Republican Rep. Thomas Massie of Kentucky said Thursday that a “kill switch” provision from the 2021 infrastructure law would be “a backseat driver” for Americans.
Massie’s amendment to kill the provision was defeated the House of Representatives Tuesday by a 229-201 vote. The provision was included as part of the bipartisan infrastructure bill President Joe Biden signed into law in 2021. (RELATED: ‘That’s Chilling To Me’: Dem Senator Asked Officials About Censorship Tools To Prevent Bank Runs, GOP Rep Says)
“People said I’m a conspiracy theorist for saying this is in the legislation, but I actually had to read the Democrats, the bill that they passed two years ago,” Massie told Fox News host Laura Ingraham. “They passed this in 2021 as part of a 1,039-page bill to require that your car can monitor your driving performance. And if it thinks you are not driving well, it could disable your vehicle.”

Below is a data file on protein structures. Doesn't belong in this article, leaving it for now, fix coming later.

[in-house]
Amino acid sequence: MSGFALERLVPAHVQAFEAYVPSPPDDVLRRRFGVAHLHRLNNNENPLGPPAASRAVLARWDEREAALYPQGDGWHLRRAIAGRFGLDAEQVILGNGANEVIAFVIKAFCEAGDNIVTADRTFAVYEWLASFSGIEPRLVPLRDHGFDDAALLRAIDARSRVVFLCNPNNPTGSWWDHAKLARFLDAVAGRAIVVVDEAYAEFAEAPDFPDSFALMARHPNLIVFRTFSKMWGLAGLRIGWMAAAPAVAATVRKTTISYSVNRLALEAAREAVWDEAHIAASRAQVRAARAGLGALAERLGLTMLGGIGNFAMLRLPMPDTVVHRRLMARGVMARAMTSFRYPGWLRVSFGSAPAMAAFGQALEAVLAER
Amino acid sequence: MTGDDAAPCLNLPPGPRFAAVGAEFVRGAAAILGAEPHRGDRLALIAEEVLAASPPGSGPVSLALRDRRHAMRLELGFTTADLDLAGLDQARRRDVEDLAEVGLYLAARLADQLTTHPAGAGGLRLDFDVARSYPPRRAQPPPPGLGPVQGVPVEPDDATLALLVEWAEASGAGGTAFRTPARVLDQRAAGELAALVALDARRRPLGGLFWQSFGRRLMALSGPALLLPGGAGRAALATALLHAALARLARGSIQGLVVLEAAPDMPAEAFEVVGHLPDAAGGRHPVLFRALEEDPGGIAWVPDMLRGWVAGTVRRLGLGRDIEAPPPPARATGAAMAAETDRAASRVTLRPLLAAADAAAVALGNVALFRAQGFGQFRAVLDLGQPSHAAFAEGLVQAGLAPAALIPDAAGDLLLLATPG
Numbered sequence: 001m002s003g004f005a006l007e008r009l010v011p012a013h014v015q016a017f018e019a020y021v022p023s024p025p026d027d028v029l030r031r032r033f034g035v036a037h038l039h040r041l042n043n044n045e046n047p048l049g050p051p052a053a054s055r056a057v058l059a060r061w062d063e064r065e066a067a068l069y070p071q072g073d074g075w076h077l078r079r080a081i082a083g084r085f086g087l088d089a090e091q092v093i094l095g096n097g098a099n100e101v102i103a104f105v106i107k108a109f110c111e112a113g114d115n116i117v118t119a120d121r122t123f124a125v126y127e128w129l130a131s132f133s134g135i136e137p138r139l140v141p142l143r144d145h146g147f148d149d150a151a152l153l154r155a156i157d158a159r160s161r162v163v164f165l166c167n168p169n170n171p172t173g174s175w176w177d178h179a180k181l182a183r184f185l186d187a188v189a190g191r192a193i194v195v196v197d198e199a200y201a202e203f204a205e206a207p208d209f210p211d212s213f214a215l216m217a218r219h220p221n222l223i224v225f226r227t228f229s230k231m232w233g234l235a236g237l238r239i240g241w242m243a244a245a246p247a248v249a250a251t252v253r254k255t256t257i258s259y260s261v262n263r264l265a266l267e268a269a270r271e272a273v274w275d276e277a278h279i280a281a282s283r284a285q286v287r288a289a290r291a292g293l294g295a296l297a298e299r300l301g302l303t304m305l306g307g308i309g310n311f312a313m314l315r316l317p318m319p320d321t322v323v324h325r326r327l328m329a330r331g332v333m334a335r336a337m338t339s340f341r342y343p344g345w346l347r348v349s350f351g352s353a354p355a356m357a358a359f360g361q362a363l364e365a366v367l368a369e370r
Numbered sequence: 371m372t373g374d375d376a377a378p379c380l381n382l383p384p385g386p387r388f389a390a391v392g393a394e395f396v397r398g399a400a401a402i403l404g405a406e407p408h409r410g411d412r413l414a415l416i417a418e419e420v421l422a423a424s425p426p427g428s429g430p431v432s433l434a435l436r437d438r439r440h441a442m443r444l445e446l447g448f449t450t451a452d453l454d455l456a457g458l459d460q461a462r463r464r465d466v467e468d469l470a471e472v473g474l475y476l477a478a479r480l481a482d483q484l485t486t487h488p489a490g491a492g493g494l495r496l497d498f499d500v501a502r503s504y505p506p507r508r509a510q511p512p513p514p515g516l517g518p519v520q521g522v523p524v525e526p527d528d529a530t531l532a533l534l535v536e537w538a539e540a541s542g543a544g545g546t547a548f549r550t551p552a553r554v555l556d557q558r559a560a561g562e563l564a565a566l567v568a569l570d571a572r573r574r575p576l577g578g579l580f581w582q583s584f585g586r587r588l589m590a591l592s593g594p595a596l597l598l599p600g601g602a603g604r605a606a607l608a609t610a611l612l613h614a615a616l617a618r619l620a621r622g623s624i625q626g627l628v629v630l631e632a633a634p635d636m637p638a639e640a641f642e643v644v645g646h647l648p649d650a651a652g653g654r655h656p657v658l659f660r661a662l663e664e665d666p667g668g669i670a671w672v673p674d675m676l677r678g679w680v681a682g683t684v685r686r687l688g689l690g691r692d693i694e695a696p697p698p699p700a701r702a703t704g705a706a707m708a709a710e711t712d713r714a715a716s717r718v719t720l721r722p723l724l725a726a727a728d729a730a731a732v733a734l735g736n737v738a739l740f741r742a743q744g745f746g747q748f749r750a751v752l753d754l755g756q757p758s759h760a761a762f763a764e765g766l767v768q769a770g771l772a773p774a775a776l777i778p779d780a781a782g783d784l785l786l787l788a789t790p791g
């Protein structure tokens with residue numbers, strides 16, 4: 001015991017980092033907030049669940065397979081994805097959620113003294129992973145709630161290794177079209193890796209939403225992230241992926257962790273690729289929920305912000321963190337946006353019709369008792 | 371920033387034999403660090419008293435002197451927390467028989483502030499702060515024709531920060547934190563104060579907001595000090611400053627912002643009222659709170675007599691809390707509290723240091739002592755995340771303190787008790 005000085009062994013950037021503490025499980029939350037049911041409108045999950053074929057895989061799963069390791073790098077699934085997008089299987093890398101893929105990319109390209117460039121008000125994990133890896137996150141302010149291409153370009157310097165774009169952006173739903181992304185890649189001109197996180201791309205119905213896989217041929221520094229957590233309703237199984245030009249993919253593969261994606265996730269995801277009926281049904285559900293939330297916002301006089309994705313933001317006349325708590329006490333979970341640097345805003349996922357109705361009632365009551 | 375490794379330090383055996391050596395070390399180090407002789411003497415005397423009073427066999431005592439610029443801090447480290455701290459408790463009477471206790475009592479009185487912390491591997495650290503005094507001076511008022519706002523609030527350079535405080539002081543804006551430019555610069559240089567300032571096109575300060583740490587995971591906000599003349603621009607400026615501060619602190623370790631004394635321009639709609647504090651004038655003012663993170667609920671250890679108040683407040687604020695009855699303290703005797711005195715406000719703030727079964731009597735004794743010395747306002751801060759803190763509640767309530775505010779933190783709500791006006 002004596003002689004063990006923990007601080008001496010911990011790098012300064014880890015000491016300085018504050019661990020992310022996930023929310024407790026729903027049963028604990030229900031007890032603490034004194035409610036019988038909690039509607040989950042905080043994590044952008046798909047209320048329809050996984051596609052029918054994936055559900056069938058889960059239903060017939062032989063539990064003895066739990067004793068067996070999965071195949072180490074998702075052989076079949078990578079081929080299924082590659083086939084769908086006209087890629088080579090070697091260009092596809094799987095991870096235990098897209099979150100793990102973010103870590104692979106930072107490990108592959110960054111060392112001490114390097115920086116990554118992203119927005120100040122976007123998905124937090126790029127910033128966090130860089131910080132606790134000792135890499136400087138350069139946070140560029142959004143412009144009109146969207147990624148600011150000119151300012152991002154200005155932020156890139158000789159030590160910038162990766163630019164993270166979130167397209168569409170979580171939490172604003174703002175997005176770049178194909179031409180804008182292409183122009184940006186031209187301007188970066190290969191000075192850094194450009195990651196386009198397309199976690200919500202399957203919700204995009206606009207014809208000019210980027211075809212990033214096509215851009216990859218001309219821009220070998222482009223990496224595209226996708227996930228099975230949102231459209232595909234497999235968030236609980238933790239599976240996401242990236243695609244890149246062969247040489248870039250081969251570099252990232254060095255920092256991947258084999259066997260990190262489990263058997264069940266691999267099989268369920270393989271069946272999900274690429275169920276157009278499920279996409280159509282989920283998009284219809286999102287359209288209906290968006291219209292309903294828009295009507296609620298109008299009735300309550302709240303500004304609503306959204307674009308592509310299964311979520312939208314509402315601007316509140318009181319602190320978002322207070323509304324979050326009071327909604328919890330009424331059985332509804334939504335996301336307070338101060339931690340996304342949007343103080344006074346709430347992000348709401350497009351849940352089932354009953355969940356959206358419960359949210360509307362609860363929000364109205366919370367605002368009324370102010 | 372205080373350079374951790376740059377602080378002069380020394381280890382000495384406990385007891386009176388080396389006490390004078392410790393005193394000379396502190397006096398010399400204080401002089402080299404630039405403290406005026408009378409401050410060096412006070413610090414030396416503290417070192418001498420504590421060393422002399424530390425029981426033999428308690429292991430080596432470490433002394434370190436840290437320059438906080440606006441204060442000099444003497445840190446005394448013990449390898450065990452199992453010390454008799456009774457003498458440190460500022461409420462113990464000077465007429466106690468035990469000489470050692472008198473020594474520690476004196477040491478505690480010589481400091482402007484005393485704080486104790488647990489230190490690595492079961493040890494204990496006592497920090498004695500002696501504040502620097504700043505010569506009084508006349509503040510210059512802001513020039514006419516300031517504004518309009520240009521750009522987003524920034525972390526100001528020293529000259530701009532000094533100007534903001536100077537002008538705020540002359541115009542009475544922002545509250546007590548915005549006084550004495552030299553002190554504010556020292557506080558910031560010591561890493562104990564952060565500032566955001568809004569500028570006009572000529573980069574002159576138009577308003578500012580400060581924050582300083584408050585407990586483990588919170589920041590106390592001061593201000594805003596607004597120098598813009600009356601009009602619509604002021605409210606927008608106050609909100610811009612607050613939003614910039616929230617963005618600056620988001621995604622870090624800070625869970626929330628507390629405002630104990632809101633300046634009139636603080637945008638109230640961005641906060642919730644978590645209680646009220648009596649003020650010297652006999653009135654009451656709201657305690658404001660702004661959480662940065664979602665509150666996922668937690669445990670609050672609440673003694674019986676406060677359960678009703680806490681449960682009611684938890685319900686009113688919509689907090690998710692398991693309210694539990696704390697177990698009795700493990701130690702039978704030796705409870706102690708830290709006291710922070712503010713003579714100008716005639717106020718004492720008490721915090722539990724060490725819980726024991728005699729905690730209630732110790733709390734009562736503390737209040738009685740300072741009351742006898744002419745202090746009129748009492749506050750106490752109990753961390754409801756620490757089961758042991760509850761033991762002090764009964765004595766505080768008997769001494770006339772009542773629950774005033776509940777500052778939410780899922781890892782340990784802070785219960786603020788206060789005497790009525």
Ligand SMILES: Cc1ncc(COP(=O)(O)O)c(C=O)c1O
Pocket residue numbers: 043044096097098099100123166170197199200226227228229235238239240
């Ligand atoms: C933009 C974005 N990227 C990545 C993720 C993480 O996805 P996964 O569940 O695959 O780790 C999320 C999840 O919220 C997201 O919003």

“Imagine you are a mom with kids in the car and you swerve for a deer and you pulled over for emergency vehicle to go by and you have only got one swerve left,” Massie continued. “Before it shuts you down and takes you to the side of the road. My question is, how do you appeal your conviction when you are sitting at the side of the road with a car that won’t run, who knows where, stranded?”
Massie took issue with a characterization of the provision from Democratic Rep. Debbie Dingell of Michigan.
“This isn’t a breathalyzer, 31 states already have ignition interlock devices where if you have been convicted of a DUI, you have to blow through that in order to start your car,” Massie said. “That’s not what this is. This bill also has the ability, it says, car manufacturers need to somehow passively monitor the air in the car to see if you have been drinking. The problem with that is what if you are the designated driver and you are trying to get somebody home who has had too much to drink? There is so many ways this could go wrong. It’s basically a backseat driver and nanny.”
Massie noted that Democratic Rep. Alexandria Ocasio-Cortez of New York, one of the most liberal members in the House, voted to remove the provision.